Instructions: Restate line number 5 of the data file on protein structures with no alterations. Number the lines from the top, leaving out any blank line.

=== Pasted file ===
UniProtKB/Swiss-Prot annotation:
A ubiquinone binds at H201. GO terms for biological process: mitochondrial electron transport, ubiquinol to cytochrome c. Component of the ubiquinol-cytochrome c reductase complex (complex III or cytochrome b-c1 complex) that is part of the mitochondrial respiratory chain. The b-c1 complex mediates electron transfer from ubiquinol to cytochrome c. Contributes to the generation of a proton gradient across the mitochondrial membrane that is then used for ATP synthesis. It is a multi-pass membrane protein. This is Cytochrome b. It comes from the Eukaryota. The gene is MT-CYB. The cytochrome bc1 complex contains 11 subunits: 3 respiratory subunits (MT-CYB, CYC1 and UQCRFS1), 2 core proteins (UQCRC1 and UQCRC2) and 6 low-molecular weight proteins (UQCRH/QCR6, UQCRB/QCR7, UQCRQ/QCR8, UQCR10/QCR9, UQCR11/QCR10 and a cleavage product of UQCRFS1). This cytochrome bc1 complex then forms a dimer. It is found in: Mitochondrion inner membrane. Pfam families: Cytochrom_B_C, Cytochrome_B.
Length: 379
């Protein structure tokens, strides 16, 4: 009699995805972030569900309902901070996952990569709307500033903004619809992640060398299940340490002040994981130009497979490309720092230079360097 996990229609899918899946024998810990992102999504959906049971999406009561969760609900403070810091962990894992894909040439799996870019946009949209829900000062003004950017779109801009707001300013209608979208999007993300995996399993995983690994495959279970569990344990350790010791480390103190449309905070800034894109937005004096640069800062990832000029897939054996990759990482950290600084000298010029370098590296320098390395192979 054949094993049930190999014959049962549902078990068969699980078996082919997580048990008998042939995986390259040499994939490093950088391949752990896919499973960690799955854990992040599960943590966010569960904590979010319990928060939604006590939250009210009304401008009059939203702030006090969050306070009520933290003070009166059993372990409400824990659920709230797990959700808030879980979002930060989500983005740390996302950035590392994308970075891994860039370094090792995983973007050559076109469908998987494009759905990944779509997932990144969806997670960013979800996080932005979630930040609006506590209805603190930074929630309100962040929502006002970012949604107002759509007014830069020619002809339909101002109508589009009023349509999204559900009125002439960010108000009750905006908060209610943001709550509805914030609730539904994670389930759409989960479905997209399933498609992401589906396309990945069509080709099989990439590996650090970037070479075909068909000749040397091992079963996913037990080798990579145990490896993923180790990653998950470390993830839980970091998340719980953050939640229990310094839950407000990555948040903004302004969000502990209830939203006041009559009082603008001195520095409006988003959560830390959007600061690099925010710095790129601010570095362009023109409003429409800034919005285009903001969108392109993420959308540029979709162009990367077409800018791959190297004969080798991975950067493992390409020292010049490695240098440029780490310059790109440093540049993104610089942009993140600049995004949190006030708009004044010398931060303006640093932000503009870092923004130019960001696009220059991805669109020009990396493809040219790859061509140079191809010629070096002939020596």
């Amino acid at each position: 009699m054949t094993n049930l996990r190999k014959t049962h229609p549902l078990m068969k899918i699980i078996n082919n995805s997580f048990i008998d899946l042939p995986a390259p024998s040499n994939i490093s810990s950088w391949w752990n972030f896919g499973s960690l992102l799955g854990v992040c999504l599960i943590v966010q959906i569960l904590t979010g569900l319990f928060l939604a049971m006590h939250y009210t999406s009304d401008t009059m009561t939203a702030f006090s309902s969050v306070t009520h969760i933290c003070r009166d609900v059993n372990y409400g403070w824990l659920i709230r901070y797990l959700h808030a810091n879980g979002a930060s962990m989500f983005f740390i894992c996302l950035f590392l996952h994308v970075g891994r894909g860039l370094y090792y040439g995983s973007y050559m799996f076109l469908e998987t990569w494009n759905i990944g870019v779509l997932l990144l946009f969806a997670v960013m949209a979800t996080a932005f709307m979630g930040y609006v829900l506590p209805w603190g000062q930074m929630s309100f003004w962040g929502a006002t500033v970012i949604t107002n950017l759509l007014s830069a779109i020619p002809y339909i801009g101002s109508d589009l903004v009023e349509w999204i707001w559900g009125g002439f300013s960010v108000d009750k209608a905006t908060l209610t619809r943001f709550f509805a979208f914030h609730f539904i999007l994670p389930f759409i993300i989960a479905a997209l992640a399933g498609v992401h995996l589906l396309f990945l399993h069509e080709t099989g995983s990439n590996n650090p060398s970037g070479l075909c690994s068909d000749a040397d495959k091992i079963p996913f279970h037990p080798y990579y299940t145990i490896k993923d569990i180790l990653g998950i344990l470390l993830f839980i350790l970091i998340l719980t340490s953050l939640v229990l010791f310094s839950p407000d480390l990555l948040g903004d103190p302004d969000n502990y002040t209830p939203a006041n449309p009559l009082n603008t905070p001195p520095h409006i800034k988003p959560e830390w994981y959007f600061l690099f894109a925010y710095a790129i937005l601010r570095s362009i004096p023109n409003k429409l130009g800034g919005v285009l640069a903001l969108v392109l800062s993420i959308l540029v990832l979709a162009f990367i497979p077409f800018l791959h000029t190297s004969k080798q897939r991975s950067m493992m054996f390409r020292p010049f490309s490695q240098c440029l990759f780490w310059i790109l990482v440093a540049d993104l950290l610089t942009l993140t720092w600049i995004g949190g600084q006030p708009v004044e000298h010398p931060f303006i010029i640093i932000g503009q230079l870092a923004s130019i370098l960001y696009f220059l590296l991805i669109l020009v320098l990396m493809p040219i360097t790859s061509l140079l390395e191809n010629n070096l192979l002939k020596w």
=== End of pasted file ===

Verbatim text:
């Amino acid at each position: 009699m054949t094993n049930l996990r190999k014959t049962h229609p549902l078990m068969k899918i699980i078996n082919n995805s997580f048990i008998d899946l042939p995986a390259p024998s040499n994939i490093s810990s950088w391949w752990n972030f896919g499973s960690l992102l799955g854990v992040c999504l599960i943590v966010q959906i569960l904590t979010g569900l319990f928060l939604a049971m006590h939250y009210t999406s009304d401008t009059m009561t939203a702030f006090s309902s969050v306070t009520h969760i933290c003070r009166d609900v059993n372990y409400g403070w824990l659920i709230r901070y797990l959700h808030a810091n879980g979002a930060s962990m989500f983005f740390i894992c996302l950035f590392l996952h994308v970075g891994r894909g860039l370094y090792y040439g995983s973007y050559m799996f076109l469908e998987t990569w494009n759905i990944g870019v779509l997932l990144l946009f969806a997670v960013m949209a979800t996080a932005f709307m979630g930040y609006v829900l506590p209805w603190g000062q930074m929630s309100f003004w962040g929502a006002t500033v970012i949604t107002n950017l759509l007014s830069a779109i020619p002809y339909i801009g101002s109508d589009l903004v009023e349509w999204i707001w559900g009125g002439f300013s960010v108000d009750k209608a905006t908060l209610t619809r943001f709550f509805a979208f914030h609730f539904i999007l994670p389930f759409i993300i989960a479905a997209l992640a399933g498609v992401h995996l589906l396309f990945l399993h069509e080709t099989g995983s990439n590996n650090p060398s970037g070479l075909c690994s068909d000749a040397d495959k091992i079963p996913f279970h037990p080798y990579y299940t145990i490896k993923d569990i180790l990653g998950i344990l470390l993830f839980i350790l970091i998340l719980t340490s953050l939640v229990l010791f310094s839950p407000d480390l990555l948040g903004d103190p302004d969000n502990y002040t209830p939203a006041n449309p009559l009082n603008t905070p001195p520095h409006i800034k988003p959560e830390w994981y959007f600061l690099f894109a925010y710095a790129i937005l601010r570095s362009i004096p023109n409003k429409l130009g800034g919005v285009l640069a903001l969108v392109l800062s993420i959308l540029v990832l979709a162009f990367i497979p077409f800018l791959h000029t190297s004969k080798q897939r991975s950067m493992m054996f390409r020292p010049f490309s490695q240098c440029l990759f780490w310059i790109l990482v440093a540049d993104l950290l610089t942009l993140t720092w600049i995004g949190g600084q006030p708009v004044e000298h010398p931060f303006i010029i640093i932000g503009q230079l870092a923004s130019i370098l960001y696009f220059l590296l991805i669109l020009v320098l990396m493809p040219i360097t790859s061509l140079l390395e191809n010629n070096l192979l002939k020596w």